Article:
He was just 1-4 in 11 games in 1906, then a combined 18-12 for Cleveland and the Red Sox in 1908-09. He ended his 4-year career 33-30, 2.52. His ERA+ was 113; his WAR, 4.3
'AN ABLE GENT'
The Cubs knocked out starters with 4 straight hits in 1918, 1920, 1924, 1925 and 1930. They lost the 1920, 11-6, to the Cardinals and won all the rest.
They did the same to 4 relievers between 1910 and 1925.
But they did not start a game with 5 hits in a row until June 16, 1933, at home against the Pirates.
"The Cubs didn't feel like giving the ladies day gathering much of a suspended interest wallop," Edward Burns wrote in the Chicago Tribune. "They hopped on Bill Swift, an able gent most times, with four straight singles and a double as soon as they went to bat.
"These hits produced three runs and so depressed the slipping Pirates that it was apparent that the Cubs eventually would emerge victorious. . . .
"The brutal way the Cubs treated Swift during his brief pitching tenancy was nothing short of shameless. [Woody] English opened the Cub offensive with a single over second and progressed a base when Bill [sic] Herman singled past [first baseman Gus] Suhr.
"Babe Herman slammed a single to center, scoring English and putting Bill Herman on third and taking second himself on the throw in. [Riggs] Stephenson singled to right, scoring the Hermans, but was out, when he tried to make it a double.
"[Harvey Hendrick] made it five hits in a row with a double off the right field screen. [Ray] Kremer replaced Swift."
The Pirates ultimately used 4 pitchers, who gave up 15 hits. Guy Bush of the Cubs allowed 7, the last a 2-out double in the ninth that cost him a shutout. It would have been the team's third in a row. The final score was 9-1.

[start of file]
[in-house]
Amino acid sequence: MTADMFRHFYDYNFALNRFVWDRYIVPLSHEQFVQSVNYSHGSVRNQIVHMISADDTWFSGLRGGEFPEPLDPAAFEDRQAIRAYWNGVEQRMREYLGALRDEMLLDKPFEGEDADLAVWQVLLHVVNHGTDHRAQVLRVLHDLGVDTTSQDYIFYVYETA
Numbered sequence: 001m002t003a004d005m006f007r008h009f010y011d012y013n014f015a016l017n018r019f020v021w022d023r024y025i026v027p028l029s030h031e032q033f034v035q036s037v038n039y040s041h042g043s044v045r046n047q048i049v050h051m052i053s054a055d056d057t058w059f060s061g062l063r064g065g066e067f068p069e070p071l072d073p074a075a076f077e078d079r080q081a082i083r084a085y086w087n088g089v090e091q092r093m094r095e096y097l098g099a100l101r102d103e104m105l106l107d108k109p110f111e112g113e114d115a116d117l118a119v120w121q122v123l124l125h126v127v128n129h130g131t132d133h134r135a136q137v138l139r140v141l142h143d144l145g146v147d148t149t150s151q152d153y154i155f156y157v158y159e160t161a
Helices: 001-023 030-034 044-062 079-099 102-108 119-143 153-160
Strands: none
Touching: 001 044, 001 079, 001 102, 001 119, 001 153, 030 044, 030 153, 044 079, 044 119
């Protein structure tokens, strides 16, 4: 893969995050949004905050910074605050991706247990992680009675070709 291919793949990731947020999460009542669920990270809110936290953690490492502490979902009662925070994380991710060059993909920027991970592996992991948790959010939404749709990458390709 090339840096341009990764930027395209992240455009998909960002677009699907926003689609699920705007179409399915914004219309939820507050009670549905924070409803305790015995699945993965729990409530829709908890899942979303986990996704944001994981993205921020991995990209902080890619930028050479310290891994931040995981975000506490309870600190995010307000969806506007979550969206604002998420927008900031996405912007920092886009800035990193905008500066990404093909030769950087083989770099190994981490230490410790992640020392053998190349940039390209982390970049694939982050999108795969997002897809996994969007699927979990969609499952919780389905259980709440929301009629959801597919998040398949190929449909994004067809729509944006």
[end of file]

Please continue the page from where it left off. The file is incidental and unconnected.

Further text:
MORE WITH 5 HITS VS. STARTER
Here are the 5 other games in which the Cubs went 5 for 5 against a starter, sending him to the showers:
May 30, 1937, vs. Lee Grissom of Reds in 7-1 win
July 10, 1951, vs. Carl Erskine of Dodgers in 7-6 win
April 21, 1973, vs. Nelson Briles of Pirates in 10-9 win
April 24, 1977, vs. Woodie Fryman of Reds in 7-1 win
July 28, 1994, vs. Steve Cooke of Pirates in 10-3 win
In 1977, singles by Ivan de Jesus and Jose Cardenal, followed by a passed ball, preceded an RBI single by Bill Buckner. Bobby Murcer then slugged a 3-run homer and Jerry Morales hit a solo shot.
That is the only 1 of the Cubs' 36 all-hitters in which they homered twice.
LATER GAMES WITH 4 HITS VS. STARTER
And here are the 3 games since World War II that the Cubs began with 4 straight hits to knock out the starter:
May 18, 1951, vs. Leo Cristante of Phillies in 18-9 win
Aug. 2, 1963, vs. Jack Sanford of Giants in 12-11 win
May 16, 1989, vs. Tom Glavine of Braves in 4-3 win
In the last of those, the Cubs greeted the future Hall of Famer with singles by Doug Dascenzo and Domingo Ramos, a 2-run triple by Ryne Sandberg and an infield hit by Mark Grace on which Sandberg stayed at third.
A 2-out passed ball by reliever Charlie Puelo made the score 4-0, and the Cubs barely hung on to win, 4-3. They made only 4 more hits the rest of the way.
5 HITS VS. RELIEVERS